I’ve come to Staten Island, a suburb of New York long popular with Italian Americans, to interview Jennifer Graziano.She is the daughter of a high-ranking mafioso – and the creator of a reality TV show, Mob Wives, starring her own friends and family.And no, I don’t mean the world of protection rackets and crooked politicians – thanks to the likes of Henry Hill (on whose testimony the film Goodfellas was based) and Joe Bonanno (whose autobiography helped Rudy Giuliani bring down the heads of New York’s five families in 1985) we already know plenty about that.'I wanted to show what this lifestyle is like for the women,’ says Graziano: how it feels to be a powerless bystander in a volatile world, to surrender the right to know your husband’s business and to pick up the pieces and explain it to the children when he’s thrown behind bars.'Eighty-five per cent of Staten Island women have had plastic surgery,’ she says with a laugh. All of the cast’s fathers and husbands are currently in prison so, reasons Graziano, the show 'isn’t exposing anything that wasn’t already public knowledge. You can’t go out unless you ask your husband for money.And the girls know what to say and what not to say; we’ve been trained.’ Still, I’m not surprised when she tells me her father was 'very angry’ when he found out about it. I said, “Oh, no, I’m not living that way.”’ One of the women, Drita D’Avanzo, has been married for 10 years, eight of which her husband has spent in prison.'Before, the sentences were light and often the mob could bribe a jury. 'They do it their own way.’ Do the women ever get involved in business? But in recent years some women have turned their backs on this tradition. 'Families are becoming more liberal and girls are going to college, and that means they’re meeting guys from outside the lifestyle.And if you talked, you were dead – there was no witness protection. It’s not usually approved of.’ She gives a wry smile.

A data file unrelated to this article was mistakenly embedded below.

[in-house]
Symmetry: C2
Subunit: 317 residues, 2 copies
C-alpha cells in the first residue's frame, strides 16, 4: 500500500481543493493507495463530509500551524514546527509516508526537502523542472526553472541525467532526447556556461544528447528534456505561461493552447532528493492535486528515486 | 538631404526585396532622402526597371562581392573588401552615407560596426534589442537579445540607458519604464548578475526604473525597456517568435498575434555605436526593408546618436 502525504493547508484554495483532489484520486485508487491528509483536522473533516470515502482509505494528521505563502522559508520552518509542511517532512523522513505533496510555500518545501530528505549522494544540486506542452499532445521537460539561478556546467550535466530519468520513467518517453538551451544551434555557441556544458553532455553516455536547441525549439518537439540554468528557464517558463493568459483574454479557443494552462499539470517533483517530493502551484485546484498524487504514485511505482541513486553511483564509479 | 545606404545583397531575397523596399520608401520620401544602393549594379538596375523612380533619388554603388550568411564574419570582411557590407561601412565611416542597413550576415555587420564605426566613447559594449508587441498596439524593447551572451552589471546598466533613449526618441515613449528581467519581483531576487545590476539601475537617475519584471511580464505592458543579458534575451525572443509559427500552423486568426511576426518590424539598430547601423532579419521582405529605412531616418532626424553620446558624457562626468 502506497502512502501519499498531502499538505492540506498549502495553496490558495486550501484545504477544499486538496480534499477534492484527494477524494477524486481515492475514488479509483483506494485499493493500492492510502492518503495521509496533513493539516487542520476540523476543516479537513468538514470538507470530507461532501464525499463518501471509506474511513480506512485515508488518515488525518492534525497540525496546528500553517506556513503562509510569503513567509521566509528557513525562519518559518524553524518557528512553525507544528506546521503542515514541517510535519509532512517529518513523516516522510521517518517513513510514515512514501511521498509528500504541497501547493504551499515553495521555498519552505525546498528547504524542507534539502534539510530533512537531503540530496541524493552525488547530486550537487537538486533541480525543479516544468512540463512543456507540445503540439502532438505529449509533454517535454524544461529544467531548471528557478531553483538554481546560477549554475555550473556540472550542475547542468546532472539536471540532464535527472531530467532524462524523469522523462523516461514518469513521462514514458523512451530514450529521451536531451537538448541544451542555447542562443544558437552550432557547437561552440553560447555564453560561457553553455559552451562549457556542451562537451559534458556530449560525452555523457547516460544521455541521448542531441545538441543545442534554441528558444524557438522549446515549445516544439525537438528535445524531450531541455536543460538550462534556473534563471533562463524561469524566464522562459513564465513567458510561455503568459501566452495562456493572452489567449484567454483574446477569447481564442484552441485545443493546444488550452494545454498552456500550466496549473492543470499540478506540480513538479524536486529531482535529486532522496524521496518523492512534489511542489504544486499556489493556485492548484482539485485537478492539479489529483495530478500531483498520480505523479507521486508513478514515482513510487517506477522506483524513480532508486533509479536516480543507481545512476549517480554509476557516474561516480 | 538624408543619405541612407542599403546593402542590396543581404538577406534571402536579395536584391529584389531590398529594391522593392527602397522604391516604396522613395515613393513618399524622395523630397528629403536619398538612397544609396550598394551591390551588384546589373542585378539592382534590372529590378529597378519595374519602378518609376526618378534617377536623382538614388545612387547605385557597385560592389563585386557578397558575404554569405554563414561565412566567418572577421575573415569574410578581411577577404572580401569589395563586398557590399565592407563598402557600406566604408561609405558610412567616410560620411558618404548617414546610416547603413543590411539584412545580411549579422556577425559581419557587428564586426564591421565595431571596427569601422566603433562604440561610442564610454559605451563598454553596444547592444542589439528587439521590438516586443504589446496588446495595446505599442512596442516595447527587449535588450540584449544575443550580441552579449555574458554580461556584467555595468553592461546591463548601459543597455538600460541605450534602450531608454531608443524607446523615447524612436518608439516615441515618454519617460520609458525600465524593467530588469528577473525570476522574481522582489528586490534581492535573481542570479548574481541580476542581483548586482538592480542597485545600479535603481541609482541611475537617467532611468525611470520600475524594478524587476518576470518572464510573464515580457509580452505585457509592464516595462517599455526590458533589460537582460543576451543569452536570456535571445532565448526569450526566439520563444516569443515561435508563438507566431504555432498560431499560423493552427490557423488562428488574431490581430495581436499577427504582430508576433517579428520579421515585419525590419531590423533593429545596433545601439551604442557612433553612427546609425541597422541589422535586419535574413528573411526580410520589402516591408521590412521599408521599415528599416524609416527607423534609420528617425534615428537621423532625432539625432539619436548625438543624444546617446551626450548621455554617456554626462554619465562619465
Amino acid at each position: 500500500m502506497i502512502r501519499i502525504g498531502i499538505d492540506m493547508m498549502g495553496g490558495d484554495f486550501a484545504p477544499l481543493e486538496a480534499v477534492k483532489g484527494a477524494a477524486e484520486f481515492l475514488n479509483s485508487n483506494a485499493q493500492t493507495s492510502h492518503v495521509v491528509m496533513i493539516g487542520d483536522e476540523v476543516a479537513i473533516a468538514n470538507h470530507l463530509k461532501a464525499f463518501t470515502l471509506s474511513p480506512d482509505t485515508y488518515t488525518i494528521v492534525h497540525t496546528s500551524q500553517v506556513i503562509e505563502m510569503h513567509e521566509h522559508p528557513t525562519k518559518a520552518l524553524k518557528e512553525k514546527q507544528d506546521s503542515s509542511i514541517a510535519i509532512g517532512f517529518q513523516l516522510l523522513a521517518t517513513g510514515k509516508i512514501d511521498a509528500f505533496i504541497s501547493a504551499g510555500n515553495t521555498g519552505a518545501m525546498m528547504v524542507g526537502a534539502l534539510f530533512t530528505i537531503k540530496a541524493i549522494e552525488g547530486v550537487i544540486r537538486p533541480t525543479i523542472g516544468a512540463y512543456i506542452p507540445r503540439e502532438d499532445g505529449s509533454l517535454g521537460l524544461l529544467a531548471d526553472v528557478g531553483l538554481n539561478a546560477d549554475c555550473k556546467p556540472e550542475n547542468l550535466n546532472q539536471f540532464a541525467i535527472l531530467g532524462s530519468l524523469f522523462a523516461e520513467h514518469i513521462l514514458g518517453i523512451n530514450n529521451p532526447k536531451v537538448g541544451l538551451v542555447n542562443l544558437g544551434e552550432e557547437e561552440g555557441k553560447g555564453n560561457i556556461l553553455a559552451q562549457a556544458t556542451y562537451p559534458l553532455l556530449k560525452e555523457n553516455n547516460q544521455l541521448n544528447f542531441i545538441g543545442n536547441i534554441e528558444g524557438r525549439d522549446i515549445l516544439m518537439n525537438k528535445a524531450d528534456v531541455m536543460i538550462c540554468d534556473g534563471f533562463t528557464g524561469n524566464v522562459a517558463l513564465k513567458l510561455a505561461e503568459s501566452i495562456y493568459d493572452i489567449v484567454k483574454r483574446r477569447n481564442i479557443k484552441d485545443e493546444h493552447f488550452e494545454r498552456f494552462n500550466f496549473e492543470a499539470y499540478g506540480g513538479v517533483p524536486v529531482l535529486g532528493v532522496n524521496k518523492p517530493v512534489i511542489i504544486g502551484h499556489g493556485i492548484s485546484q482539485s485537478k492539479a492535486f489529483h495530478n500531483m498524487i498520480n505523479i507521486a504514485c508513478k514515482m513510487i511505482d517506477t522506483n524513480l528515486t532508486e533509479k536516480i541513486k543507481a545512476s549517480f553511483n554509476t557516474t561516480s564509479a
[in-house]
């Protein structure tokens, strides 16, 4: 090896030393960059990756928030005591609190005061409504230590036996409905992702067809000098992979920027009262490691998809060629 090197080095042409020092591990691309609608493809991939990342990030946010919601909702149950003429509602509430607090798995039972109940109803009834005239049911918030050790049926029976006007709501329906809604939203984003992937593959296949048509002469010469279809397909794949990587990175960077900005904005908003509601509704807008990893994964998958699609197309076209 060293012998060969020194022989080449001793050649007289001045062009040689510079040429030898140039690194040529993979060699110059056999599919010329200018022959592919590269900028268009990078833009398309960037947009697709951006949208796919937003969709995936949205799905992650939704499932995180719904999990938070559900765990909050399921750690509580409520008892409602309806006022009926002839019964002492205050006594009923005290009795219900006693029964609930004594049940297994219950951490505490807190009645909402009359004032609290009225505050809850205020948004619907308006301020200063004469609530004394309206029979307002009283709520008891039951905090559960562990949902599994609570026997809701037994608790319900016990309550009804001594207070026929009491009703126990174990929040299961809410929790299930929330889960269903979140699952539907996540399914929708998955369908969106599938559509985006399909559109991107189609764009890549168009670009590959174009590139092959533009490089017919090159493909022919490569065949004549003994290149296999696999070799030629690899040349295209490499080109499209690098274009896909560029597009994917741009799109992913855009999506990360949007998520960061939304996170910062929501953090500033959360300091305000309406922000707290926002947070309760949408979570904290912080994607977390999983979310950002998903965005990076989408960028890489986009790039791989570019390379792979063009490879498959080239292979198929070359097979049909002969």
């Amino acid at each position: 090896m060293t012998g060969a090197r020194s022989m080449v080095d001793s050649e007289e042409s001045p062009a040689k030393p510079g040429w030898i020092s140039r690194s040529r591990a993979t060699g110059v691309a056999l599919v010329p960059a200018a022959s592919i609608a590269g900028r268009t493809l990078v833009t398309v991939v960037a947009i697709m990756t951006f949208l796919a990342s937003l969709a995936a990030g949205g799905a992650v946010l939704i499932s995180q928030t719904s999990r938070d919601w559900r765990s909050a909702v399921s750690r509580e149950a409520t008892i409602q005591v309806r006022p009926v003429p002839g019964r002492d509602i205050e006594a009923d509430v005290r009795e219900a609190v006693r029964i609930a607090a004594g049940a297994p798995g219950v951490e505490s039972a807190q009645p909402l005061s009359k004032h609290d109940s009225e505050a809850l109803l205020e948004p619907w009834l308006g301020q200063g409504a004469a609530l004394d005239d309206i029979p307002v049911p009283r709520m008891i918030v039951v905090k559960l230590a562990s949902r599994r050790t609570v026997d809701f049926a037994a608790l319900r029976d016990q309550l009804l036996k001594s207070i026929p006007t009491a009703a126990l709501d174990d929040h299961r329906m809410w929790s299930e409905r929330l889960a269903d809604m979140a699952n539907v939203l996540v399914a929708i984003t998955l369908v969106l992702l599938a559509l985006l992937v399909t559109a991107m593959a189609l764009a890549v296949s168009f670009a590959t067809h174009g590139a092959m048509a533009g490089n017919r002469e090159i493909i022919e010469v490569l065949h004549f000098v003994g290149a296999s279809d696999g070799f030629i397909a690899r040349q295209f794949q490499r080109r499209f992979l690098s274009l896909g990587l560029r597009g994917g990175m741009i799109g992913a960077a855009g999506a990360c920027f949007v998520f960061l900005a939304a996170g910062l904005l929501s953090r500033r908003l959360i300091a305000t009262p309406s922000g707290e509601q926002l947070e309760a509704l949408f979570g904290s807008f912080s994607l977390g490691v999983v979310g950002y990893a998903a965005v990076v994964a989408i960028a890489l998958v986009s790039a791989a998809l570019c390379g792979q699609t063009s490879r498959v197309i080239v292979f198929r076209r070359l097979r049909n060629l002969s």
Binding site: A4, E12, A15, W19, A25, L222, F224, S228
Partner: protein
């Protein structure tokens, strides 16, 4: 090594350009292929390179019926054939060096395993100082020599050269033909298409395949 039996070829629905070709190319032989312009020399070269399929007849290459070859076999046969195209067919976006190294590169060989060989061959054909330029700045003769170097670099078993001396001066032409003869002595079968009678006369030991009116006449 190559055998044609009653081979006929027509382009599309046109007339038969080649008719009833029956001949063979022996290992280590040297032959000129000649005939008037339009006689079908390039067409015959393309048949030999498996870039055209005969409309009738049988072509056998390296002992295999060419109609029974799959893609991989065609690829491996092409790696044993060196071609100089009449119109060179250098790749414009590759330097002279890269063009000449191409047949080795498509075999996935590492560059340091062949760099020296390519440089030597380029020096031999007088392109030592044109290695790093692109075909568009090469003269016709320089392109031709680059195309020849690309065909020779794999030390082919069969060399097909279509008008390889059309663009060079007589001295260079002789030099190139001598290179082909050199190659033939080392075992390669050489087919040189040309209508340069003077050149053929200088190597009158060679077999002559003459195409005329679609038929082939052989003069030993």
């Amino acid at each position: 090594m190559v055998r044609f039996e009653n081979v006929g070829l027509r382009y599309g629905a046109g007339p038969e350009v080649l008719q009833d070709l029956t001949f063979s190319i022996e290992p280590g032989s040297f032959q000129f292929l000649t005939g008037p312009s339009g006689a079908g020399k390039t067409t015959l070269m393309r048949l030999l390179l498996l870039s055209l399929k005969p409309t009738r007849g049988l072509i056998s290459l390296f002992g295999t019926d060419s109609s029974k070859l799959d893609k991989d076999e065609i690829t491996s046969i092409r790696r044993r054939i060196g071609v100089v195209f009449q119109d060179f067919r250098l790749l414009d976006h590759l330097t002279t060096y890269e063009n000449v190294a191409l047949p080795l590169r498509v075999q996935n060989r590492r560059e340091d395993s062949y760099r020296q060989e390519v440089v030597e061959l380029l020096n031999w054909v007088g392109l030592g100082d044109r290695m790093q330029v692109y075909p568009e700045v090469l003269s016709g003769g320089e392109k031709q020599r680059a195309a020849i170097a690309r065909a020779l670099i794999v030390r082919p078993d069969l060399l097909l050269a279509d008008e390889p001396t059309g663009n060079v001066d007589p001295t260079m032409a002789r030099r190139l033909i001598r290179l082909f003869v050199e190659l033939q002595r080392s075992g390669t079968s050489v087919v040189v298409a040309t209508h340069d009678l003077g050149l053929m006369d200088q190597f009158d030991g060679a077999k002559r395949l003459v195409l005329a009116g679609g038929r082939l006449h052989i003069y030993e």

It offers an irresistible glimpse into a secret world.
They moved to Arizona, and the return of his daughter, Karen, to Staten Island is the opening drama of Mob Wives. On the other hand, as Graziano says, 'My father is still who he is.’ The Big Short, the film adaptation of Michael Lewis' book of the same name about the causes of the financial crisis, opens in UK cinemas this weekend.
Gravano himself, a convicted hit-man with 19 known murders to his name, apparently told his daughter 'he didn’t like some of the language Karen used’ in the programme. How will the story stack up against the greatest films about business?
It is exactly as you’d imagine a gangster’s mansion: a grey limestone building with carved mahogany doors wide enough to drive a car through and ornamental trees trimmed into spirals dotting the kryptonite-bright lawn.
Inside, a gold and white shih-tzu called King Oscar pitter-patters on the tiled floors.